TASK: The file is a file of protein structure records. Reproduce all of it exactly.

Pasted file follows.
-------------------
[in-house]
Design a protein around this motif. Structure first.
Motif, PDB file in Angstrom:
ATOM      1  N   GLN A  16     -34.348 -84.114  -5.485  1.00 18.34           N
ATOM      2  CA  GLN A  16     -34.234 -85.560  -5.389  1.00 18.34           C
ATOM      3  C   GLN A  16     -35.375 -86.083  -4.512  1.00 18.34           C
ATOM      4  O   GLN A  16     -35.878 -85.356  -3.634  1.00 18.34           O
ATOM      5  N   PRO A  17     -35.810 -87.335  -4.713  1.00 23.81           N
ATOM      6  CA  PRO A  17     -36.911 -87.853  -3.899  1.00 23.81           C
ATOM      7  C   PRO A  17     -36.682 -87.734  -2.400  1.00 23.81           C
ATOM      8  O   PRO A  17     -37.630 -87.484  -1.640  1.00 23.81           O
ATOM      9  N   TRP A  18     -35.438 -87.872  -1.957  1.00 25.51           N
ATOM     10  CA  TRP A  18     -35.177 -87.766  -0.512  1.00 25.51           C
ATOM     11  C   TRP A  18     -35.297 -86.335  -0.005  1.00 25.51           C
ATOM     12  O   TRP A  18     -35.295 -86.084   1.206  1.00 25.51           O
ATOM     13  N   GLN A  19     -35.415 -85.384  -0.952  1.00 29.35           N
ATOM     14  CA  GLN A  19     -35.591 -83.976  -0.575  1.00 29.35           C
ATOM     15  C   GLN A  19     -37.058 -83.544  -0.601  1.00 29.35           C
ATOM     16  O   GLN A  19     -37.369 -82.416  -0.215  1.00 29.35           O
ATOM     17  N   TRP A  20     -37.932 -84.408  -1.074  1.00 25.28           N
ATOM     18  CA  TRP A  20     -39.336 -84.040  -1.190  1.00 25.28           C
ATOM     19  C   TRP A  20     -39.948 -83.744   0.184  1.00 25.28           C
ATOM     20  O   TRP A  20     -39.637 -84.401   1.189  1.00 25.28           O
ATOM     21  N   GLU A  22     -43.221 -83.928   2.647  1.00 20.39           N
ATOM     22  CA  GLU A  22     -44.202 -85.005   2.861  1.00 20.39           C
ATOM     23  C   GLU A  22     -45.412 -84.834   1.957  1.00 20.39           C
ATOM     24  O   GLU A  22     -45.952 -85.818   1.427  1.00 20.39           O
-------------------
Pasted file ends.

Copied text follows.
[in-house]
Design a protein around this motif. Structure first.
Motif, PDB file in Angstrom:
ATOM      1  N   GLN A  16     -34.348 -84.114  -5.485  1.00 18.34           N
ATOM      2  CA  GLN A  16     -34.234 -85.560  -5.389  1.00 18.34           C
ATOM      3  C   GLN A  16     -35.375 -86.083  -4.512  1.00 18.34           C
ATOM      4  O   GLN A  16     -35.878 -85.356  -3.634  1.00 18.34           O
ATOM      5  N   PRO A  17     -35.810 -87.335  -4.713  1.00 23.81           N
ATOM      6  CA  PRO A  17     -36.911 -87.853  -3.899  1.00 23.81           C
ATOM      7  C   PRO A  17     -36.682 -87.734  -2.400  1.00 23.81           C
ATOM      8  O   PRO A  17     -37.630 -87.484  -1.640  1.00 23.81           O
ATOM      9  N   TRP A  18     -35.438 -87.872  -1.957  1.00 25.51           N
ATOM     10  CA  TRP A  18     -35.177 -87.766  -0.512  1.00 25.51           C
ATOM     11  C   TRP A  18     -35.297 -86.335  -0.005  1.00 25.51           C
ATOM     12  O   TRP A  18     -35.295 -86.084   1.206  1.00 25.51           O
ATOM     13  N   GLN A  19     -35.415 -85.384  -0.952  1.00 29.35           N
ATOM     14  CA  GLN A  19     -35.591 -83.976  -0.575  1.00 29.35           C
ATOM     15  C   GLN A  19     -37.058 -83.544  -0.601  1.00 29.35           C
ATOM     16  O   GLN A  19     -37.369 -82.416  -0.215  1.00 29.35           O
ATOM     17  N   TRP A  20     -37.932 -84.408  -1.074  1.00 25.28           N
ATOM     18  CA  TRP A  20     -39.336 -84.040  -1.190  1.00 25.28           C
ATOM     19  C   TRP A  20     -39.948 -83.744   0.184  1.00 25.28           C
ATOM     20  O   TRP A  20     -39.637 -84.401   1.189  1.00 25.28           O
ATOM     21  N   GLU A  22     -43.221 -83.928   2.647  1.00 20.39           N
ATOM     22  CA  GLU A  22     -44.202 -85.005   2.861  1.00 20.39           C
ATOM     23  C   GLU A  22     -45.412 -84.834   1.957  1.00 20.39           C
ATOM     24  O   GLU A  22     -45.952 -85.818   1.427  1.00 20.39           O